There is disappointment at not having two more years here, a thrill about the new job and excitement about going home after six years abroad.  The Embassy here will be in good hands under the leadership of Ambassador designate Alison Kelly, my friend and colleague, and the new Deputy Head of Mission, Tim Reilly.

I wish you the very best.

Shabbat Shalom and farewell,


Eamonn McKee

Ambassador, Tel Aviv


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Easter Rising, 1916-2016

As you know, the one hundredth anniversary of the Easter Rising will be commemorated next year. 

There has always been a lively discussion in Ireland of the Rising itself.   The courage of the rebels and their willingness to die for their country was not in doubt.  Yet a question remains about the Rising’s utility, from a military perspective; an essentially guerrilla army, lightly armed, embedding itself in fixed positions around Dublin and waiting for the army of the world’s largest empire to come and get them. 

Yet it is clear that the Rebels knew exactly what they were doing in seizing Dublin.  It has to be remembered that Dublin was captured by the Anglo-Norman warlord Richard de Clare, aka Strongbow, in 1170.  In an act of fealty and self-preservation he quickly conferred it to Henry II.  The English crown’s hold on Dublin remained throughout the next seven hundred and fifty years, the city and Dublin Castle acting as the lynch-pin of its conquest and occupation of Ireland.  The 1916 rebels were the first to shake that hold.  They expected the symbolism of their act to resonate profoundly with the nationalist people of Ireland. 

The rebels were correct in their assessment of its impact.  Their Rising proved to be a seminal event in Irish history, sweeping aside the Irish Parliamentary Party with its genteel ambitions of home rule and igniting the final and successful push for independence.

The Department of Defence are compiling an official register of relatives of participants in the Easter Rising for the purpose of invitations to Ireland 2016 commemorative events, particularly the Easter Sunday parade (27th March 2016) and evening reception in Dublin Castle (a reception that has a weighty symbolism of its own!)

Registration forms and details of how to apply are available on the Department of Defence website  The closing date for registration is Wednesday 30thSeptember 2015.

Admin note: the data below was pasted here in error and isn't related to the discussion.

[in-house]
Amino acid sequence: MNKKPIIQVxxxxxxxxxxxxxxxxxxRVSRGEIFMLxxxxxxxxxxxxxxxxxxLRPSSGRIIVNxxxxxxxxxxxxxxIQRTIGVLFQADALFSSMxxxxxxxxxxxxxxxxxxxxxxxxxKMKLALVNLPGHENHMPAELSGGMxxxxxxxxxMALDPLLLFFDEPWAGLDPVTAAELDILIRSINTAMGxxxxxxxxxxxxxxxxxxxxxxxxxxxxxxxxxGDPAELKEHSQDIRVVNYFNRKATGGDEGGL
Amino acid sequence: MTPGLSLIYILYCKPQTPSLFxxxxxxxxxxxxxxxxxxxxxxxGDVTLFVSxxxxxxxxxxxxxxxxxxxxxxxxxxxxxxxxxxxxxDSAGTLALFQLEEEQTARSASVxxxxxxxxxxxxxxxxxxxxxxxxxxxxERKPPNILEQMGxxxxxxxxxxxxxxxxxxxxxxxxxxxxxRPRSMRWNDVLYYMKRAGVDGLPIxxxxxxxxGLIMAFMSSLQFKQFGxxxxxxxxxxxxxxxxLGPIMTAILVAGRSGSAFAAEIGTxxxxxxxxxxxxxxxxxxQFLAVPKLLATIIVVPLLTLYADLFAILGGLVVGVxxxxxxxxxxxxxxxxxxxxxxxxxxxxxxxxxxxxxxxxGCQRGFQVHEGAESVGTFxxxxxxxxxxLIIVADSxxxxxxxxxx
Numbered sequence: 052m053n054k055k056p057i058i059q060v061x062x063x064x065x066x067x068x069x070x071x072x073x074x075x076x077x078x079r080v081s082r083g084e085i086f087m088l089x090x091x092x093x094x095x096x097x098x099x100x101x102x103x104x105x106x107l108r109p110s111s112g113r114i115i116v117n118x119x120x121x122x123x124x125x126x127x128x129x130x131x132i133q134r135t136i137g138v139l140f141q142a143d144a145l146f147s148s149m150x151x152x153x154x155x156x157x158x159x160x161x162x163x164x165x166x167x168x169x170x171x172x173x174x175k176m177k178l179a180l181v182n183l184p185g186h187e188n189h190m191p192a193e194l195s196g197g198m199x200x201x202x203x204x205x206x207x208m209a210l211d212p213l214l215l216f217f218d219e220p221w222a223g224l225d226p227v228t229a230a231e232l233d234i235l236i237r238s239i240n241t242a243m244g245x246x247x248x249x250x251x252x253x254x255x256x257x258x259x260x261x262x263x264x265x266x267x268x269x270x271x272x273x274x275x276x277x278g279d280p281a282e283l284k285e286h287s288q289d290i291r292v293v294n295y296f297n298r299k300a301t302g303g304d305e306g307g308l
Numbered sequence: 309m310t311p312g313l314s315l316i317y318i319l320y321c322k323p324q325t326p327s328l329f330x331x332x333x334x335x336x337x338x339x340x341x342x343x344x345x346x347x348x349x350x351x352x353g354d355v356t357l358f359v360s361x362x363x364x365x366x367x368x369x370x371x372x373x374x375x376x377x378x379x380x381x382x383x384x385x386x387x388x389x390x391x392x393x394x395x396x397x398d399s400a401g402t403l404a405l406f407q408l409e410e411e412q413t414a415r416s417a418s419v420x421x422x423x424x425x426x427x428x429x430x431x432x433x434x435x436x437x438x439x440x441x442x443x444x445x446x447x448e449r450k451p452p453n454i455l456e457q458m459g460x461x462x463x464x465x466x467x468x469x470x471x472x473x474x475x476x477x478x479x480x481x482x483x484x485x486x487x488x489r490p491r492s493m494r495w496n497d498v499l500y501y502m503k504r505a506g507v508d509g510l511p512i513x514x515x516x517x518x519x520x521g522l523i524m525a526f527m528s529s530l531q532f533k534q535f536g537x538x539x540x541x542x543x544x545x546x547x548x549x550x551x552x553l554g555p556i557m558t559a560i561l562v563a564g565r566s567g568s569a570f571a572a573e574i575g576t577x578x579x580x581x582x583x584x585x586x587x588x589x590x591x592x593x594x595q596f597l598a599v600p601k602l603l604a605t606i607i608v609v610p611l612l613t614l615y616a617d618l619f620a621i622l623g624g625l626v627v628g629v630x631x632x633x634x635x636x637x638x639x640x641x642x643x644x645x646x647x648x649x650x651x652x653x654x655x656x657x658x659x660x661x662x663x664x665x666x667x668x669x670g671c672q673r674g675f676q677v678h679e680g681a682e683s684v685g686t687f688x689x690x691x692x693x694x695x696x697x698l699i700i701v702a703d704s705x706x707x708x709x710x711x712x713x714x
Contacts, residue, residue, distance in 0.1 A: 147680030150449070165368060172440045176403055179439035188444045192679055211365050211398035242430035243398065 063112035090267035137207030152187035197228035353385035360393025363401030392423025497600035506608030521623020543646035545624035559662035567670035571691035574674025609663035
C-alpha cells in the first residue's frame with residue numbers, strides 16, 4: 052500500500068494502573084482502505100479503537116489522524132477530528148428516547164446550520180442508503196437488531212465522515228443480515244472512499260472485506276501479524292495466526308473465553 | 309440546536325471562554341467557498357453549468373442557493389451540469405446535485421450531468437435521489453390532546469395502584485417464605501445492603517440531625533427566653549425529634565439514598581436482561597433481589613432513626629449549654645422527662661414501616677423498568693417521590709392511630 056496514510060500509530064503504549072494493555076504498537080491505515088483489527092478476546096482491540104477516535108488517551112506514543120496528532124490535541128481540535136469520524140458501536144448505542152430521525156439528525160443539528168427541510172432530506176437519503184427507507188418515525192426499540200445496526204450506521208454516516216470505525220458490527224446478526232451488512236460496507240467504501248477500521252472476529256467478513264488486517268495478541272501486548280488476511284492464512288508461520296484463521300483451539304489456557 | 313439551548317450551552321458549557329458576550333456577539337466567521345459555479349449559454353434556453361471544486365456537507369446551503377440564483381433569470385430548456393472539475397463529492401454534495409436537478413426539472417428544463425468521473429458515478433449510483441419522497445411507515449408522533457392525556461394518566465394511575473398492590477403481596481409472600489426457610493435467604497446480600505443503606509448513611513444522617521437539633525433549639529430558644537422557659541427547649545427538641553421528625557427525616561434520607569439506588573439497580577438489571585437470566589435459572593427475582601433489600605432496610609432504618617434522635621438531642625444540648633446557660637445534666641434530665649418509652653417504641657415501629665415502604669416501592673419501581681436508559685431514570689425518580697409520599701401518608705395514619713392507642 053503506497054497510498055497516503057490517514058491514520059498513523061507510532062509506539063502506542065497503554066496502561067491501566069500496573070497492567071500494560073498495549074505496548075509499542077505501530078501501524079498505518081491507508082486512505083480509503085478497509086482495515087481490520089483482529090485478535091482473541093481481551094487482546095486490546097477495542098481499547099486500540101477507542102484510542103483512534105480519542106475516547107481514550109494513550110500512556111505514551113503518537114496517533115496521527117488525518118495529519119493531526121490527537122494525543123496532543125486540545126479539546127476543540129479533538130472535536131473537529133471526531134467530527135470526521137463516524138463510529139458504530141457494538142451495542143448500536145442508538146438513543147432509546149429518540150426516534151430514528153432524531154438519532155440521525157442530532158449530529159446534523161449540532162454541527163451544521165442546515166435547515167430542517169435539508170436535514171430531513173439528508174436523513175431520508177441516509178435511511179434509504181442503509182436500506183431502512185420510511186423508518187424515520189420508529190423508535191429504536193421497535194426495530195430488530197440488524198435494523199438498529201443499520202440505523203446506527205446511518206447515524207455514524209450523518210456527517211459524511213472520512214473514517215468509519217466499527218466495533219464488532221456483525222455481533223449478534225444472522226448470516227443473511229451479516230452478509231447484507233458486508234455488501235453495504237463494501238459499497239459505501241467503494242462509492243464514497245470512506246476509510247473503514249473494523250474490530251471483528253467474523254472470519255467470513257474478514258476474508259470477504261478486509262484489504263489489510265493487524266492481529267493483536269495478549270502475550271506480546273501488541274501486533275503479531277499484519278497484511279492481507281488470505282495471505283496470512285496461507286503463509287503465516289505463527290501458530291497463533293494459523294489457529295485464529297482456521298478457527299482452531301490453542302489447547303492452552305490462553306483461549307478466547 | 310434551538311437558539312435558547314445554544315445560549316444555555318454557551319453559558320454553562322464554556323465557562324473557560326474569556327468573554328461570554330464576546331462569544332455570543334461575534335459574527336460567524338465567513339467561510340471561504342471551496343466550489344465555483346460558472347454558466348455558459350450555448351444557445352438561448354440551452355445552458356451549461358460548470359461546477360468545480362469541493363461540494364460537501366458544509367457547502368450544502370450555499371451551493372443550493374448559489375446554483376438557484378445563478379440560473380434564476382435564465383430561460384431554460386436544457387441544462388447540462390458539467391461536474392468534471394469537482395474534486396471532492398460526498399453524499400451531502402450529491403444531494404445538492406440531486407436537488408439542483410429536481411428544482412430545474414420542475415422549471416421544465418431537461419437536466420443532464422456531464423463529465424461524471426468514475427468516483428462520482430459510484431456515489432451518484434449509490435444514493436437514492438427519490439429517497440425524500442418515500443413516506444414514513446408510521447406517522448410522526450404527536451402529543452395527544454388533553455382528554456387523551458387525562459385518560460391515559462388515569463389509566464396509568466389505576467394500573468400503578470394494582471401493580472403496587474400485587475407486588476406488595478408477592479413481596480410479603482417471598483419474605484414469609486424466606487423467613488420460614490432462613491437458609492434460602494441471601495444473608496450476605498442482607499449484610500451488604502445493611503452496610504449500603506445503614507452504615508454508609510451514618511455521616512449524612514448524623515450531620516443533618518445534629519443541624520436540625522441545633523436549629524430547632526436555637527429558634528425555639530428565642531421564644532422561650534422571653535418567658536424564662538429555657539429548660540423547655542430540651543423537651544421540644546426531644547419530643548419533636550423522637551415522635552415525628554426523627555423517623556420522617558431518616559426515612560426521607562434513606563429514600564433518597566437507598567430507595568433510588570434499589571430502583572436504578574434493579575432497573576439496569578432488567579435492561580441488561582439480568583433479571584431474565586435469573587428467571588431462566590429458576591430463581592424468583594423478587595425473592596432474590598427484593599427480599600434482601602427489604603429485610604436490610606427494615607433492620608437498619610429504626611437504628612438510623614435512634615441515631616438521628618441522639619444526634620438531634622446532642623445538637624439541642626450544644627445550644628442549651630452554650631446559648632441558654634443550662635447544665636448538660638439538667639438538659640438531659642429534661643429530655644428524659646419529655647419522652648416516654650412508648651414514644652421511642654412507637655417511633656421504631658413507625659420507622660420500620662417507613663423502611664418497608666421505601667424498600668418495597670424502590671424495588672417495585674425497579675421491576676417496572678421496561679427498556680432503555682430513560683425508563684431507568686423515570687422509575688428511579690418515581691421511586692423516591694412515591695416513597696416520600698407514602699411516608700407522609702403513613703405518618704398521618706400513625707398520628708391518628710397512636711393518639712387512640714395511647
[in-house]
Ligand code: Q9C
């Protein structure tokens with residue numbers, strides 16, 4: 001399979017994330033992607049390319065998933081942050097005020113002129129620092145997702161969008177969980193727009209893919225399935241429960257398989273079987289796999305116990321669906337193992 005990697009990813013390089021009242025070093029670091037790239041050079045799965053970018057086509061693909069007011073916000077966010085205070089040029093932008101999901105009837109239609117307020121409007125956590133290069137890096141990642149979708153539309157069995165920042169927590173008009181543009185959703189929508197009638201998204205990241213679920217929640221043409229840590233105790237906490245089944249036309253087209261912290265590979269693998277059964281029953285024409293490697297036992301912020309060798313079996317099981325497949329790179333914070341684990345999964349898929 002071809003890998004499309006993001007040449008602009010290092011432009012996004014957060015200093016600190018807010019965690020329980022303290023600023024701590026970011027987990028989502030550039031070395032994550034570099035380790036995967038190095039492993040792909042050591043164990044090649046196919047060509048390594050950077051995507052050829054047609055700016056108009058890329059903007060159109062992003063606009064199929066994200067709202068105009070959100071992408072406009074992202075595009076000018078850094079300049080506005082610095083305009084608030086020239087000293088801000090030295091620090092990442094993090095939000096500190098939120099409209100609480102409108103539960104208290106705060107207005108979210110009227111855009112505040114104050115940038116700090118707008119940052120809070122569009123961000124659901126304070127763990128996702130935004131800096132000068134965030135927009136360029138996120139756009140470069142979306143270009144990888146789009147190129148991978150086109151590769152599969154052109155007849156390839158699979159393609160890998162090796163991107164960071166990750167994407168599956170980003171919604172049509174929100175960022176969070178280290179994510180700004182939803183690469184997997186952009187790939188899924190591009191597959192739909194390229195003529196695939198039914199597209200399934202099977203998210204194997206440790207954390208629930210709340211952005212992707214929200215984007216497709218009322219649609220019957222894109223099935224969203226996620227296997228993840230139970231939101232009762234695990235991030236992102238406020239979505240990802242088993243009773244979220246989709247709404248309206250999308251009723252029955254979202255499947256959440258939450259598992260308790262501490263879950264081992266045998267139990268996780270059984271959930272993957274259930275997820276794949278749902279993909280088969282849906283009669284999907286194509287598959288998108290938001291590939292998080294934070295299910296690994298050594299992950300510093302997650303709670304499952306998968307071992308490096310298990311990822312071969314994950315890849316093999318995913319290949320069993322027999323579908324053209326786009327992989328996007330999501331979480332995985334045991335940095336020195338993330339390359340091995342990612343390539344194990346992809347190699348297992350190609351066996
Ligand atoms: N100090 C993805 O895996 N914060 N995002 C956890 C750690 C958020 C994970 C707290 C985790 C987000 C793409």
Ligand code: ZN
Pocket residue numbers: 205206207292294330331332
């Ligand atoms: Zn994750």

If you are a relative of participants in the Rising, you may wish to apply to attend these important commemorative events.

Best wishes,


Eamonn McKee


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News from Ireland Israel, Ambassador’s Message 11 June 2015

Here’s some updates on events in Israel with an Irish interest.  You can stay in touch with us through our website ( ) which carries a live-feed of the Embassy’s Twitter account with links to articles and photographs of interest, and through my twitter account @EamonnMcKee.

Prof. Guy Beiner was not long returned to Ben Gurion University after his sabbatical when he organised an Irish symposium on 1 June last.  The main speaker was Queen’s University Professor Keith Jeffery, a renowned historian most know for his history of Britain’s external intelligence service MI6 (MI6: The History of the Secret Intelligence Service, 1909 to 1949 (London, 2010). Prof. Jeffery also wrote the seminal Ireland the Great War which was the topic of his fascinating talk at BGU. He is a wonderful and engaging communicator about history and he held the audience with his wit and erudition.

We had a full house at BGU with over a hundred guests, comprising faculty, students and even some interested locals. The event was supported by a grant from the Department of Foreign Affairs and Trade. For the Irish themed party afterwards, Guinness and Tullamore Dew provided product support and lively traditional Irish music came courtesy of the band Black Velvet. The day was a great mix of the educational and the social, perfect.

Thanks to Guy for his enthusiasm, energy and academic brilliance not least on Irish history: His book Remembering the Year of the French: Irish Folk History and Social Memory (Madison, 2007) was highly acclaimed.

The Israel Ireland Friendship League gathered to recall a unique piece of history at the Armoured Corps Museum at Latrun. It is a wonderful place, set on top of the strategic hilltop guarding the road to Jerusalem with panoramic views around the rolling hills. Peaceful now, even with the presence of tanks serried in all their quiet might, Latrun has been the scene of some fearful battles, including in 1948. An Irishman, Mike Flanagan, took some Cromwell tanks from his own unit of the British Army to help the nascent state of Israel defend its existence. My remarks at the event available on this blog (photos found on the sites noted above).